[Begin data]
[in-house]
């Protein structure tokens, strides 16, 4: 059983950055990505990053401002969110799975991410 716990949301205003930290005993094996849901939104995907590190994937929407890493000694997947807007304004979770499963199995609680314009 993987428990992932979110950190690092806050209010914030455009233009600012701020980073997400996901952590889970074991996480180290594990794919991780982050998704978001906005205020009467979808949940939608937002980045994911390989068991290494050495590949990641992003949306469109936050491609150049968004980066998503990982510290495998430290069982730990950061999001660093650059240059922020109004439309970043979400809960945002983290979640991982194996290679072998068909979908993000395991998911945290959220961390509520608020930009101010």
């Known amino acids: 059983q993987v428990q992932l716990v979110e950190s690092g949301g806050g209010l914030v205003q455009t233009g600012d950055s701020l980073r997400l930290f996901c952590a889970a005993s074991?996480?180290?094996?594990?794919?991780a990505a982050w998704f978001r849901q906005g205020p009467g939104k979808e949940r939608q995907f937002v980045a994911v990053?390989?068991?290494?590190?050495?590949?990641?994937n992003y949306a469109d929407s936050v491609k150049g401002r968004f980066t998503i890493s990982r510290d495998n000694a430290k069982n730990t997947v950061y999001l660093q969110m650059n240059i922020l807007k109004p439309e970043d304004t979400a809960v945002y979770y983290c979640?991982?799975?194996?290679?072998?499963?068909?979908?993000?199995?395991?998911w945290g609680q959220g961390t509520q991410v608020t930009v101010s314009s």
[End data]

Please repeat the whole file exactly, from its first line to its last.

[in-house]
């Protein structure tokens, strides 16, 4: 059983950055990505990053401002969110799975991410 716990949301205003930290005993094996849901939104995907590190994937929407890493000694997947807007304004979770499963199995609680314009 993987428990992932979110950190690092806050209010914030455009233009600012701020980073997400996901952590889970074991996480180290594990794919991780982050998704978001906005205020009467979808949940939608937002980045994911390989068991290494050495590949990641992003949306469109936050491609150049968004980066998503990982510290495998430290069982730990950061999001660093650059240059922020109004439309970043979400809960945002983290979640991982194996290679072998068909979908993000395991998911945290959220961390509520608020930009101010």
């Known amino acids: 059983q993987v428990q992932l716990v979110e950190s690092g949301g806050g209010l914030v205003q455009t233009g600012d950055s701020l980073r997400l930290f996901c952590a889970a005993s074991?996480?180290?094996?594990?794919?991780a990505a982050w998704f978001r849901q906005g205020p009467g939104k979808e949940r939608q995907f937002v980045a994911v990053?390989?068991?290494?590190?050495?590949?990641?994937n992003y949306a469109d929407s936050v491609k150049g401002r968004f980066t998503i890493s990982r510290d495998n000694a430290k069982n730990t997947v950061y999001l660093q969110m650059n240059i922020l807007k109004p439309e970043d304004t979400a809960v945002y979770y983290c979640?991982?799975?194996?290679?072998?499963?068909?979908?993000?199995?395991?998911w945290g609680q959220g961390t509520q991410v608020t930009v101010s314009s």